Sweden building military defences as Scandinavian nation set to requests to join NATO

Sweden is 'entering a new era' in joining NATO says Granit

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Military plans include to deploy 4,000 troops from the island in wartime and add anti-ship missiles to the arsenal which already includes surface to air missiles, reports reveal. The Gotland regiment was resurrected in 2018 as a part of the general rearmament following Russia’s annexation of Crimea in 2014 but the war in Ukraine has accelerated training.

Gotland regiment Colonel Magnus Frykvall, who describes Russia as the major threat, told Sky News: “Putin has clearly shown his intent and his will to use military force in order to gain his political goals.

“We had a plan to increase the military capability on the island for a long time, but since the invasion [of Ukraine] we try to do it a lot faster.”

On Monday, Sweden said Europe was living in a dangerous new reality, referring to Russia’s invasion of Ukraine, as Sweden and Finland will formally submit simultaneous requests to join NATO on Wednesday Swedish Prime Minister Magdalena Andersson has said.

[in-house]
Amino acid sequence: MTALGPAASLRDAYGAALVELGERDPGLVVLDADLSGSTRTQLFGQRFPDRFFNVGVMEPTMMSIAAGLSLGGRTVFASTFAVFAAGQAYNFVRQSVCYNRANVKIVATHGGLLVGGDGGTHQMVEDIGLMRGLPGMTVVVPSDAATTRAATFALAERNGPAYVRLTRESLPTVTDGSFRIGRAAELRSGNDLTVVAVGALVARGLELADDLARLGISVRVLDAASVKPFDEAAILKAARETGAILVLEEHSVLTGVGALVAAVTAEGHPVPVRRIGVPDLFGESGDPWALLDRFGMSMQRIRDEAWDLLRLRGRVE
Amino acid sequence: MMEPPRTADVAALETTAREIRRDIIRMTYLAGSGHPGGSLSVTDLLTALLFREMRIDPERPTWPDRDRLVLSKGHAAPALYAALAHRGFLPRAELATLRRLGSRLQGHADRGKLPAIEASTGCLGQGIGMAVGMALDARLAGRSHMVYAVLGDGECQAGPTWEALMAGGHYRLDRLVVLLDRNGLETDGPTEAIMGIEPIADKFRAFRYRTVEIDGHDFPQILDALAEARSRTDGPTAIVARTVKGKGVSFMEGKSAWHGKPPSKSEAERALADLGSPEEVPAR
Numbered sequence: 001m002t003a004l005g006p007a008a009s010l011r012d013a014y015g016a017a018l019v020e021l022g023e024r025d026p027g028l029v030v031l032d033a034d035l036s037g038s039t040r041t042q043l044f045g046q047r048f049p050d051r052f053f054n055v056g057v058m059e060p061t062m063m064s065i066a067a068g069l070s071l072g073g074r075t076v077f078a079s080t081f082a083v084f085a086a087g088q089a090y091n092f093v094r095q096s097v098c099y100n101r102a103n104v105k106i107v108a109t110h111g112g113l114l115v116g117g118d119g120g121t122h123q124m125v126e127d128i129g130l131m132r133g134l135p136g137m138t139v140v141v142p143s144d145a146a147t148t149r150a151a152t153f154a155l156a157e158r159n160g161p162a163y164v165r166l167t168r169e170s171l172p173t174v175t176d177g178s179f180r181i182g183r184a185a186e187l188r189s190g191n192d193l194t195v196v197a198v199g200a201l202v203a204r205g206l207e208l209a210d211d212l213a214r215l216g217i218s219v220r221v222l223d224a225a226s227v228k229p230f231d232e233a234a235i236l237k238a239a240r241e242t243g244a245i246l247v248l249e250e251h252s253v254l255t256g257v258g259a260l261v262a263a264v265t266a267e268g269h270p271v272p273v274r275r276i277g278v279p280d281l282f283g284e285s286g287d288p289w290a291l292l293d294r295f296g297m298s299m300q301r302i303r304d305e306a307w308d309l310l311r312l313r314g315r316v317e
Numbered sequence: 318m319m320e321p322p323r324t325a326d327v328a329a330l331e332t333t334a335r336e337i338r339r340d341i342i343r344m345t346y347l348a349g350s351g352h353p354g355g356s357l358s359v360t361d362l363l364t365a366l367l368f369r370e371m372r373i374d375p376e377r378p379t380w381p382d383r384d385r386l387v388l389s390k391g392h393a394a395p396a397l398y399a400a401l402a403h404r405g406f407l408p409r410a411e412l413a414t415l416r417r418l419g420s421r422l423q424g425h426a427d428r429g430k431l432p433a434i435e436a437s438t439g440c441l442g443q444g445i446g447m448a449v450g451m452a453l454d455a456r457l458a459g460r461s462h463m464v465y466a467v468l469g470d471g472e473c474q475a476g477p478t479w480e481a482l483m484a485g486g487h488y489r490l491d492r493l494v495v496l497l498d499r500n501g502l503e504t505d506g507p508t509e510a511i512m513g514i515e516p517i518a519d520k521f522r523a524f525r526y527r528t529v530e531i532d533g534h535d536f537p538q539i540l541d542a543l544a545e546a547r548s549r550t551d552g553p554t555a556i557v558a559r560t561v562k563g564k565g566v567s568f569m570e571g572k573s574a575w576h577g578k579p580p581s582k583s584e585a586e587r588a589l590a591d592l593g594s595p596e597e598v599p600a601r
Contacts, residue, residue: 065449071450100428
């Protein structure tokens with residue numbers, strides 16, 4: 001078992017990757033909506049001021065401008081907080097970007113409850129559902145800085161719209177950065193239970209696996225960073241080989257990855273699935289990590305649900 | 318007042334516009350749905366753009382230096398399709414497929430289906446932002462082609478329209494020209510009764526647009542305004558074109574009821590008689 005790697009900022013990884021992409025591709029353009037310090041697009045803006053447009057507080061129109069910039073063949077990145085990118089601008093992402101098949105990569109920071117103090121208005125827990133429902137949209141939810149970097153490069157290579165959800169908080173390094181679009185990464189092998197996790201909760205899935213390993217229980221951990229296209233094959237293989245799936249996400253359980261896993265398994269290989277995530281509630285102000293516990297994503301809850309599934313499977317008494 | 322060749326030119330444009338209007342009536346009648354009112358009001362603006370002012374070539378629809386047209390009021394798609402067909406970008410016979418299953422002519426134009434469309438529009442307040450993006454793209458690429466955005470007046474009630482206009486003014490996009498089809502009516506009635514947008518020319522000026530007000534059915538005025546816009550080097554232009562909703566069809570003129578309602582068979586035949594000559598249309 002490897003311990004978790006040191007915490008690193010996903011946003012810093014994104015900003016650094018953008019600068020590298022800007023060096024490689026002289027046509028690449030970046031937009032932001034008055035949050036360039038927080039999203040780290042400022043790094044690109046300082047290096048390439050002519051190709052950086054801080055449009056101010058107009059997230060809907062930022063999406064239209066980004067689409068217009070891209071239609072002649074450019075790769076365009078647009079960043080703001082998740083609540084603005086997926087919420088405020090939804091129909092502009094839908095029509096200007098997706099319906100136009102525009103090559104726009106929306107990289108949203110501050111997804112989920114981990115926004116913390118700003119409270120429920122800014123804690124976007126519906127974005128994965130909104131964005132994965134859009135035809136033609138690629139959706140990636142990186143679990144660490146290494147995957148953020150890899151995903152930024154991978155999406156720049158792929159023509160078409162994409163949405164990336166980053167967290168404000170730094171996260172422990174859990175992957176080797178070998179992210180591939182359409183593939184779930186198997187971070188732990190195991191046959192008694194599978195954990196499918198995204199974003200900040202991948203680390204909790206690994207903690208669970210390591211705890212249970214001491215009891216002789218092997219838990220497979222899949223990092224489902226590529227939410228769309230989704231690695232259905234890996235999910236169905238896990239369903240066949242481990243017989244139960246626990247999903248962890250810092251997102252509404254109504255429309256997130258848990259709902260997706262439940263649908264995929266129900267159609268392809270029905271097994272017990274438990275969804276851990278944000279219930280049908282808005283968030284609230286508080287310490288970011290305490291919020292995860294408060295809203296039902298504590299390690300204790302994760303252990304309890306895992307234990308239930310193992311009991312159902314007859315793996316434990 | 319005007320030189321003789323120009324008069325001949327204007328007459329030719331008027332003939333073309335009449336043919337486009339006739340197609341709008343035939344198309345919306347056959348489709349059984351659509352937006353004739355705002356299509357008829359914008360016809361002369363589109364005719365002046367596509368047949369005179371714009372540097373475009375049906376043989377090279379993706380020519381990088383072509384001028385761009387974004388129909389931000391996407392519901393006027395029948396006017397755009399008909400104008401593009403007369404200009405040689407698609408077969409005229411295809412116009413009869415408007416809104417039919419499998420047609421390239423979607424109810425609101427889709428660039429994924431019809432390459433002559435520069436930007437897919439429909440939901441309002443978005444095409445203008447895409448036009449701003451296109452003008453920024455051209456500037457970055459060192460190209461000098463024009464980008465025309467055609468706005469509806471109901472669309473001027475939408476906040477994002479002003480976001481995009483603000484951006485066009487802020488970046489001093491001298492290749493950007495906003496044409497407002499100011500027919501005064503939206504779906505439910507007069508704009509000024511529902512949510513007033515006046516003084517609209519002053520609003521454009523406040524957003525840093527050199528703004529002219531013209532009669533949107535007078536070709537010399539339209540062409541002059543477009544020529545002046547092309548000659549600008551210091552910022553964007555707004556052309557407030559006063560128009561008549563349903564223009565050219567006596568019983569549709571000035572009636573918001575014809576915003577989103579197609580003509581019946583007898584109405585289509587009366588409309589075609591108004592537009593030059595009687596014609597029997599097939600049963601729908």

Russian President Vladimir Putin said the move by the Scandinavian nations to join the 30-member military alliance did not threaten Moscow directly – but stressed that any expansion of military infrastructure would trigger a response from the Kremlin.

After about 200 years of military non-alignment, many of the soldiers on Gotland think it’s time to join the alliance.

Marcus Lagergren, a member of the Home Guard told the publication: “NATO gives high-security measures. It’s more likely we can keep the peace here in Europe.

“So I think it is really, really great for both Sweden and Europe and NATO that Sweden joins NATO.”

In 1808, Gotland was briefly occupied by the Russians who also prized its strategic location.

Now a popular tourist spot, it has always been important to Sweden’s defence.

Mikael Norrby, a historian at the University of Uppsala, explained: “The saying is the one who control Gotland controls the southern Baltic.”

He said: “It’s a question of location.

“You have Gotland in the middle of the Baltic, it’s less than 100km to the Swedish mainland, perhaps 120km to the Baltic states, 200km to Finland and 300km down to Kaliningrad, the Russian enclave… no matter if you are east or west, you don’t want the other guy to have Gotland.”

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The country’s Prime Minister, Magdalena Andersson, and several other party leaders have also said they don’t want nuclear weapons on Swedish soil.

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